How We Built an Error Validation Framework for Our API
Shutterstock developers pay a lot of attention to the user experience of our website. We have a fleet of User Experience experts who help make sure the error states our web application shows to customers are useful and actionable.
But when we’re building backend APIs instead of HTML forms, that experience doesn’t translate. What’s the equivalent of this, in an API?
The Shutterstock Contributor Team has been building our next-generation content-review system, so that we can scale our image-review operation. We’re building it in a service-oriented fashion, in Ruby, with DataMapper as an ORM.
As developers building backend APIs, it’s solely our responsibility to provide useful information to the developers who will use our services. A good error validation framework preserves the integrity of our applications’ data and empowers developers to integrate with a new API.
Rather than write custom validation for each API endpoint, we took a systematic approach to add validation to all of them. Now we can avoid many application crashes, while providing useful information to developers.
One of the first things the review system needs is to learn about new items needing review:
This call puts the photo with item id 3709 and owner id 81 into the main review queue. The expected result is HTTP
201 Createdwith a
Location:header giving the URL of the created item. There are several other Shutterstock teams that will eventually integrate with this review service. Sometimes, when developers are still writing the software, they will post invalid data:
Whoops! This POST left out the queue name, so the review system doesn’t know who’s supposed to review it. Without data validation, our application will throw a 500 error:
It would be better if we told the programmer what he’s done wrong. Also, we’d like to return HTTP
400 Bad Requestinstead of having an internal server error.
Our team realized that there’s a tool to help us do this sort of thing: the
json-schema Ruby gem, an implementation of the IETF JSON Schema spec. To use this, we’ll need to build up a schema. For the items route, it would look like this:
Now we will make our review service pass the incoming POST data through json-schema’s JSON::Validator before doing anything else:
If there are any errors, the response looks like this instead:
This message tells us that there’s a property missing in the JSON document root (#/). If there’s more than one item missing, the validator will identify them all. The validator does more than check for the existence of the required fields; it also checks the types of each field. If someone passes in a Hash instead of a string, like so:
Then they’ll get an error message about item. Previously the application would have returned another Internal Server Error about a TypeError as soon as it tried to treat item as a string.)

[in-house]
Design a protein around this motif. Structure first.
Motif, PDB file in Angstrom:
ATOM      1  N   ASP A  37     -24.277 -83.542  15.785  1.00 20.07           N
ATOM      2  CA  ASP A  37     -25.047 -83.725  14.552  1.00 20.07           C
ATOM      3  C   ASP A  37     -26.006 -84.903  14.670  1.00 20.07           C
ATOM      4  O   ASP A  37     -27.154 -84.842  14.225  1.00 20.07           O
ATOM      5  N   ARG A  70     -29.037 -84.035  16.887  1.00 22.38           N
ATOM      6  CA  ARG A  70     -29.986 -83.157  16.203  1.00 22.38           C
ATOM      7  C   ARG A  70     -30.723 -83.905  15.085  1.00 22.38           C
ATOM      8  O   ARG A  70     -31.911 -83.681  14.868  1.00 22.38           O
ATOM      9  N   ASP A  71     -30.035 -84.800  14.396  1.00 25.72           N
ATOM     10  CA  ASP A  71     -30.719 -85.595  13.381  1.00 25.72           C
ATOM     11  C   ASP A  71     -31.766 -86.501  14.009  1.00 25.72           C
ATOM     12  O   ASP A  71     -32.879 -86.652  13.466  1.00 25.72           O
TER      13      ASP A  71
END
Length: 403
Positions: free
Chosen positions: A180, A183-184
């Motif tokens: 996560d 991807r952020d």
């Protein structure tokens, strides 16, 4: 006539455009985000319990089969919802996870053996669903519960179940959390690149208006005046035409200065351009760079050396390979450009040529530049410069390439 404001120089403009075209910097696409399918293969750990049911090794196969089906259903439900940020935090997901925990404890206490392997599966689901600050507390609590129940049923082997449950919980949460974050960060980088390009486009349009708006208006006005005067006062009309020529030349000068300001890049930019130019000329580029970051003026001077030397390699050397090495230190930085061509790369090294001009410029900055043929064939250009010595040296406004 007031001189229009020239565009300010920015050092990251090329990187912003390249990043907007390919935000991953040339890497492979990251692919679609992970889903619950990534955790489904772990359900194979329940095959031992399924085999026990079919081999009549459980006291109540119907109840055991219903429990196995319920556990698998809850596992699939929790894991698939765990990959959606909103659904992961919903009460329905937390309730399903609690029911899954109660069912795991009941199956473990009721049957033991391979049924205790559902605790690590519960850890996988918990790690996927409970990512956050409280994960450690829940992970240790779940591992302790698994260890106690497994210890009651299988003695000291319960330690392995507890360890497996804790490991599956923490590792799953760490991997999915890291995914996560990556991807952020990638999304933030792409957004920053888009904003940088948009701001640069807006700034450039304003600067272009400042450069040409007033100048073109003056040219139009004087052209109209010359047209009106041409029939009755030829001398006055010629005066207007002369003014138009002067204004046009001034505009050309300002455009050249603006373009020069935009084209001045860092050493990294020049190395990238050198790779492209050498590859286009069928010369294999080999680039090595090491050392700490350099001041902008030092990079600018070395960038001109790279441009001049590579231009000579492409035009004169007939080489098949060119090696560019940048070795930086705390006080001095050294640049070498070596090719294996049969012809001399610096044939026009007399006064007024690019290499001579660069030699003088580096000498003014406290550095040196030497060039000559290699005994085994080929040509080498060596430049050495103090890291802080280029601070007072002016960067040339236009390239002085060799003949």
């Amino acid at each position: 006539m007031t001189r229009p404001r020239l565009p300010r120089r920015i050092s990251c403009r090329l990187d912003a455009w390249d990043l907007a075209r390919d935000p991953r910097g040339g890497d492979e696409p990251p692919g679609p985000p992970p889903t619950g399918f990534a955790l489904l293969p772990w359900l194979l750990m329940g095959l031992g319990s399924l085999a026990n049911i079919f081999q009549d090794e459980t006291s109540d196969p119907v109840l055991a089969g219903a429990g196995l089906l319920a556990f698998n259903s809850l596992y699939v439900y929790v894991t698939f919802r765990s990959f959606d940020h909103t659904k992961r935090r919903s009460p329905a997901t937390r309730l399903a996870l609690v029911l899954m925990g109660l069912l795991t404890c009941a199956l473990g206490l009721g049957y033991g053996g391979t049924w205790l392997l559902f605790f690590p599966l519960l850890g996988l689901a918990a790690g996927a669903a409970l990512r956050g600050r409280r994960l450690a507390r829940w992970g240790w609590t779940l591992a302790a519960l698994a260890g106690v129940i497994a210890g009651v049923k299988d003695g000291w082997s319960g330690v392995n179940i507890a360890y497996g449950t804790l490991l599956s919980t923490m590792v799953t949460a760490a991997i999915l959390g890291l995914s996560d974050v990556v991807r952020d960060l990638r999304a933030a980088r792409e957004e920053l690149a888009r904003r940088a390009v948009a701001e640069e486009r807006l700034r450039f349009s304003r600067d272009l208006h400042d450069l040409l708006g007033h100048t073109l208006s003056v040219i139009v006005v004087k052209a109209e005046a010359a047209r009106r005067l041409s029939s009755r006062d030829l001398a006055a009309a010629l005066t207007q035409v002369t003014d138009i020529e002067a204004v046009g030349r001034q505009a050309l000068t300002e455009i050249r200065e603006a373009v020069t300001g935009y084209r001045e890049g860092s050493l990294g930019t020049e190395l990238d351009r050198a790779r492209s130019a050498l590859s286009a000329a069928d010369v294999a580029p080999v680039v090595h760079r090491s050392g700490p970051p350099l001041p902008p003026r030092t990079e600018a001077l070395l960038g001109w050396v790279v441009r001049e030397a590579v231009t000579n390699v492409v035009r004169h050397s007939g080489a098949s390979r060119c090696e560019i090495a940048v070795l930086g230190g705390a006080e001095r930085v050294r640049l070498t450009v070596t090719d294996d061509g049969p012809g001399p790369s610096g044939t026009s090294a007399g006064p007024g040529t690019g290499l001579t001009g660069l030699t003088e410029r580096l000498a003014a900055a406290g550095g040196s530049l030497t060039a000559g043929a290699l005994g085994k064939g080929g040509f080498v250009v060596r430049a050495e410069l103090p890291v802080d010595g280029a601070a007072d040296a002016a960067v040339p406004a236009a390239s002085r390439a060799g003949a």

There’s just one problem. We have a variety of resource types to manage. It would be really great if we didn’t have to write a custom schema for all of them. It’s a fair amount of text to write; it’s easy to get wrong; the hand-written schema can fall out of sync with the actual code; and above all, it’s redundant! Most of that validation information is already encoded in our ORM layer, where it looks like this:
It turns out that we can use this class definition to build our schema:
- figure out the class of the resource in question (we’ll call it
- ask the
resource_classfor a list of its properties (
- ignore properties that our application can automatically populate (like the internal database
- figure out the data type for the remaining properties (
- ask the properties whether they’re not required (
Once we’ve done that, we almost have enough information to build a schema. There are a few other wrinkles: our properties include things like
domain_idas an integer instead of a string, and we want our consumers to specify
shutterstock-photoinstead of the internal database ID. So for those we:
- ask for the
- figure out the
- replace the property matching that key with a string instead
Finally, we present all this data in the JSON Schema format.
That’s all the information we need to build schemas for all of our resource types. By computing and caching this at application load time, we can provide a basic schema for all
We may need to customize a generated schema for certain routes that are special cases. For instance, we’ve decided that the
POST /items route calls its logical ID field
item in the POST and
external_id in the database. Such customization is straightforward to accomplish.
Our final realization was that once we had all the information about how a schema ought to look, we could make the schema available to our users. So now they can issue a request against
owners.schema) and see for themselves exactly what fields the system is expecting to create a new resource. By providing a URL to the schema in the error message, we end up with a self-documenting API!